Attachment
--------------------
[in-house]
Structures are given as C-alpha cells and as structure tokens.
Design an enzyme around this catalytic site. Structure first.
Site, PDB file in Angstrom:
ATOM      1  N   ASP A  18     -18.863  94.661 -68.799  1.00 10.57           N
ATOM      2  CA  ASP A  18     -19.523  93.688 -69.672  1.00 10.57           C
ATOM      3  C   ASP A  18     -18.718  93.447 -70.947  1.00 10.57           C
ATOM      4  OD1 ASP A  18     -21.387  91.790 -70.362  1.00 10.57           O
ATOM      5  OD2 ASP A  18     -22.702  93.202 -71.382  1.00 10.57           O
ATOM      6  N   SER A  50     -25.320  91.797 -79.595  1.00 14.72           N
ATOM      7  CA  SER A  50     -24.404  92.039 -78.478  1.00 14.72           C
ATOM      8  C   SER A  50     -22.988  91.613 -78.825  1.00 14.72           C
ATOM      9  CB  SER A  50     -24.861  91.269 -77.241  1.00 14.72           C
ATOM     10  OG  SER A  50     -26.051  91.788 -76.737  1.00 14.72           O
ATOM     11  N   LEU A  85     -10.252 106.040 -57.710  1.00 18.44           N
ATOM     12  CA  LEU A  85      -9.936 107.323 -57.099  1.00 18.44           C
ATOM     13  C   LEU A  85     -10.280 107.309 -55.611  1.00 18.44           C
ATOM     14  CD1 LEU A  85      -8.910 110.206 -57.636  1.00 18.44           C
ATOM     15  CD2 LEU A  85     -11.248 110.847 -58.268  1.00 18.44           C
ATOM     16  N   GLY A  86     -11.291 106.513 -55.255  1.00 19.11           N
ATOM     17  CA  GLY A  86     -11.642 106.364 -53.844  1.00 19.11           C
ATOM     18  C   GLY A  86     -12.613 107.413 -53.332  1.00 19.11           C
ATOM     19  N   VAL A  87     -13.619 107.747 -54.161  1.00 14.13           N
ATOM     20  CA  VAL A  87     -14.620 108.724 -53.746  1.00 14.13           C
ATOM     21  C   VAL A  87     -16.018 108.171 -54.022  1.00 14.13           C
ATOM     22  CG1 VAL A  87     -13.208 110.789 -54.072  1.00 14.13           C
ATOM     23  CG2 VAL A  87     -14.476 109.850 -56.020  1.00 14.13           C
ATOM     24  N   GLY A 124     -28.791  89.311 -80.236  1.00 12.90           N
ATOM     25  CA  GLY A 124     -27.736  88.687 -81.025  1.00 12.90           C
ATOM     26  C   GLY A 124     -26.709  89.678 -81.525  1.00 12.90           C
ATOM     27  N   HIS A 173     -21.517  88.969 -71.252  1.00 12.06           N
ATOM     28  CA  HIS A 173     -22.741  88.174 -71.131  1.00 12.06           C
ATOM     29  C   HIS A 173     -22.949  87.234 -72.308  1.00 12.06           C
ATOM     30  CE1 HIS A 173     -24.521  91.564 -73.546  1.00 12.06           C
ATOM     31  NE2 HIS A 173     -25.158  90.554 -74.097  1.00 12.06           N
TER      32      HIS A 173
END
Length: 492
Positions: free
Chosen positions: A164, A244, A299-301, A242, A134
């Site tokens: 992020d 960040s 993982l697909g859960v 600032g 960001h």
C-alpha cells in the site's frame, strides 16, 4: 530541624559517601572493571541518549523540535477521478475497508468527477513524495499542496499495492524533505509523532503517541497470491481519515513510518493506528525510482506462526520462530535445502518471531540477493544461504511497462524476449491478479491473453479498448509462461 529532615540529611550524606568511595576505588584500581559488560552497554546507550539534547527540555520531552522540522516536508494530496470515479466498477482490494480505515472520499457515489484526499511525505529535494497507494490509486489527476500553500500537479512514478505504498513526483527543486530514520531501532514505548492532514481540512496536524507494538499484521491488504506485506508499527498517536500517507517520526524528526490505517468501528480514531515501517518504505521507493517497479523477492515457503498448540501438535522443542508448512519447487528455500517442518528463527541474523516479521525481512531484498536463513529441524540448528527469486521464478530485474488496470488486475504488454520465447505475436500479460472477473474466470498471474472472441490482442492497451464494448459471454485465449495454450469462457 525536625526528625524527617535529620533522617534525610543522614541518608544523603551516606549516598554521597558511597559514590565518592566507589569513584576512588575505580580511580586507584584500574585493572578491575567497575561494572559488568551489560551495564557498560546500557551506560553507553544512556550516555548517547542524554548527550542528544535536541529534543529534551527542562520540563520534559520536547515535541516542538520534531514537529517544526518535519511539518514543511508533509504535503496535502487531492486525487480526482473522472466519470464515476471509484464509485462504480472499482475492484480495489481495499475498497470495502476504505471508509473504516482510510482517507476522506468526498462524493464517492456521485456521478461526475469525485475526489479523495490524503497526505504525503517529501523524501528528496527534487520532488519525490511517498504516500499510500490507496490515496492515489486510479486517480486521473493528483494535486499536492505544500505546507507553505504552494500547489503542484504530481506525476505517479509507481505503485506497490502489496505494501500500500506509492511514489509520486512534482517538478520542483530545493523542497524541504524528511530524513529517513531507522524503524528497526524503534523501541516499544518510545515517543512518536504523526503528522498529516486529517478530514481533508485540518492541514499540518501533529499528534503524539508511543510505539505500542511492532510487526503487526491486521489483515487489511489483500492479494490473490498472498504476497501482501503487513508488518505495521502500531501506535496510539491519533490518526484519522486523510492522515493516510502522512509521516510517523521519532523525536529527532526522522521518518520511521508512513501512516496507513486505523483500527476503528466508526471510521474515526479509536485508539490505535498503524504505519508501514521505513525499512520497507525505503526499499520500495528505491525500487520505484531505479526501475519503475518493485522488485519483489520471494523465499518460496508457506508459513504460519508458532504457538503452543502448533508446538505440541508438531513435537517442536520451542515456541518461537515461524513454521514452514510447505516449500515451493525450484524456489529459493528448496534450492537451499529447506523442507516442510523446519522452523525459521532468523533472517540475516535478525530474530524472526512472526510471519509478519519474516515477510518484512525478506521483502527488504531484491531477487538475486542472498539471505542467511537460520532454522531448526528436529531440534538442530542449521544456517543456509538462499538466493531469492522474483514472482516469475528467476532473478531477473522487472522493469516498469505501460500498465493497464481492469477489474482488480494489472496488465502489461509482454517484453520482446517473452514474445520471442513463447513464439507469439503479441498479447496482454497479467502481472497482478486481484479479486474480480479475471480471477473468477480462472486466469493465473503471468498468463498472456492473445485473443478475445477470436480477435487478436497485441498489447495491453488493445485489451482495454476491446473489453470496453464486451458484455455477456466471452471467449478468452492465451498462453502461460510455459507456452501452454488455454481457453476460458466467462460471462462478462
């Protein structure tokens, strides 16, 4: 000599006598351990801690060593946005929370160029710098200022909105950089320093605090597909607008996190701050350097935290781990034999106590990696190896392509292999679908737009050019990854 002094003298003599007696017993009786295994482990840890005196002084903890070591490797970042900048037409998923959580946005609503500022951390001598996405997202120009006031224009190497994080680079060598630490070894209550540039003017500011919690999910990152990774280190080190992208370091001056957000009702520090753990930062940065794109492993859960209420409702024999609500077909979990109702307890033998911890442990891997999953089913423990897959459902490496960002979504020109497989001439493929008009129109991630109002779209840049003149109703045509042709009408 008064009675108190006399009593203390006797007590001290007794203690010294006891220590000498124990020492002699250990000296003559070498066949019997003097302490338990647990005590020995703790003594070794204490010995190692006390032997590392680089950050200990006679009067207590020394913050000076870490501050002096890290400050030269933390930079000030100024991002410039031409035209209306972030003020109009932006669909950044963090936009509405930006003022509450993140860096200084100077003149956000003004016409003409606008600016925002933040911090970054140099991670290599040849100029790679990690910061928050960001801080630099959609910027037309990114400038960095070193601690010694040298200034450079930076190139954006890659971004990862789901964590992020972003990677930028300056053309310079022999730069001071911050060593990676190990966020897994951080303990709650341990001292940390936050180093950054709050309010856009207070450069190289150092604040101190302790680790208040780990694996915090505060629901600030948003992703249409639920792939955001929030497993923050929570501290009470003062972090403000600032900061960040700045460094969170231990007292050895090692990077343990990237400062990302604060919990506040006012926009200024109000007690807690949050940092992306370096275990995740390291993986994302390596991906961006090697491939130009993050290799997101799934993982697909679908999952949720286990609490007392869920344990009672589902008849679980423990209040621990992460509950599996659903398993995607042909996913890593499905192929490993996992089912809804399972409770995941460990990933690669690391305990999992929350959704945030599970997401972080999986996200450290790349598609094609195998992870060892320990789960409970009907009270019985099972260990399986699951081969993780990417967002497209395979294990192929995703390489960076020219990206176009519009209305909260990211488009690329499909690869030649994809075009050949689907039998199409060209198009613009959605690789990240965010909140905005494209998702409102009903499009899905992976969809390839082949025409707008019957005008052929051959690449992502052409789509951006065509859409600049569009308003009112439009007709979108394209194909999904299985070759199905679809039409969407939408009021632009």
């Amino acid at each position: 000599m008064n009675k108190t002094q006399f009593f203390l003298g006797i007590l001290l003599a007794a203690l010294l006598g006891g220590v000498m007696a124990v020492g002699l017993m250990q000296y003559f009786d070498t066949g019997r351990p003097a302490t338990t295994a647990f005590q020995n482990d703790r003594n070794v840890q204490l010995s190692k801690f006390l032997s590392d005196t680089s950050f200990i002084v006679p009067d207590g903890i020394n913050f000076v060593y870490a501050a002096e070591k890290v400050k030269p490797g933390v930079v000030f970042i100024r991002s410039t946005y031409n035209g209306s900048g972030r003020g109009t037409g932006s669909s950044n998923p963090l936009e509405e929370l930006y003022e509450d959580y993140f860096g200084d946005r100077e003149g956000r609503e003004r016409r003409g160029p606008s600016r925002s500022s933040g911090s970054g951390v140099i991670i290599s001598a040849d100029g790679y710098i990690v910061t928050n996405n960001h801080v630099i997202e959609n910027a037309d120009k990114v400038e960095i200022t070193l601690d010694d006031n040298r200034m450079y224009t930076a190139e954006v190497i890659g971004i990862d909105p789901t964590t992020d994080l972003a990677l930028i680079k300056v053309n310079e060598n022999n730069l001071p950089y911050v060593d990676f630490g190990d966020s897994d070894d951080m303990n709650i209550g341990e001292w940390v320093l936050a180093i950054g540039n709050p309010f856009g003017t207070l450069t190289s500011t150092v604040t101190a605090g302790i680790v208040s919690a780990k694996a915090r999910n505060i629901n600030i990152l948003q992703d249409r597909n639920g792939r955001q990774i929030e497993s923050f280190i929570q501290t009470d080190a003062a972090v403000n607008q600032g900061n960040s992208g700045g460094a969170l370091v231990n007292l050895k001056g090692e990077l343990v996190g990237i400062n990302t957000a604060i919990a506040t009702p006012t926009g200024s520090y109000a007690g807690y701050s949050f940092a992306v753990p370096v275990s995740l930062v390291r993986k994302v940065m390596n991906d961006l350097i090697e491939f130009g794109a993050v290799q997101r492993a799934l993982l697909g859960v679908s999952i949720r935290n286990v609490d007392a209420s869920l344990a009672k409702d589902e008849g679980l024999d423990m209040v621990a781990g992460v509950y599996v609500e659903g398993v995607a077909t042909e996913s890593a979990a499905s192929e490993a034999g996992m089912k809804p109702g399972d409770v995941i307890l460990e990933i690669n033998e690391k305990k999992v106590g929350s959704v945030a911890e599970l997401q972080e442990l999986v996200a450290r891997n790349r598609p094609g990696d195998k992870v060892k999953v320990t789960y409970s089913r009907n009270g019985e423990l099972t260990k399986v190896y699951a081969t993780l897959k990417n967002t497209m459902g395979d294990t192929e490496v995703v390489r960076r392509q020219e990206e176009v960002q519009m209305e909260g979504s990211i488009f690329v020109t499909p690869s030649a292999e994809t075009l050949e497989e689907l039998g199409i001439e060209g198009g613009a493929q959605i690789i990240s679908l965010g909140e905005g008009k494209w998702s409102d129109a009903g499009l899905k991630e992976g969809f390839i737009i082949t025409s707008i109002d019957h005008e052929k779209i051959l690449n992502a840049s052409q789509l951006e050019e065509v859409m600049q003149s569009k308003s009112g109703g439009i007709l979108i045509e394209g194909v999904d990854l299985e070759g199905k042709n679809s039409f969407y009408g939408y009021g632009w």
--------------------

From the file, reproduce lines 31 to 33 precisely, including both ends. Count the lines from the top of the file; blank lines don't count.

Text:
ATOM     27  N   HIS A 173     -21.517  88.969 -71.252  1.00 12.06           N
ATOM     28  CA  HIS A 173     -22.741  88.174 -71.131  1.00 12.06           C
ATOM     29  C   HIS A 173     -22.949  87.234 -72.308  1.00 12.06           C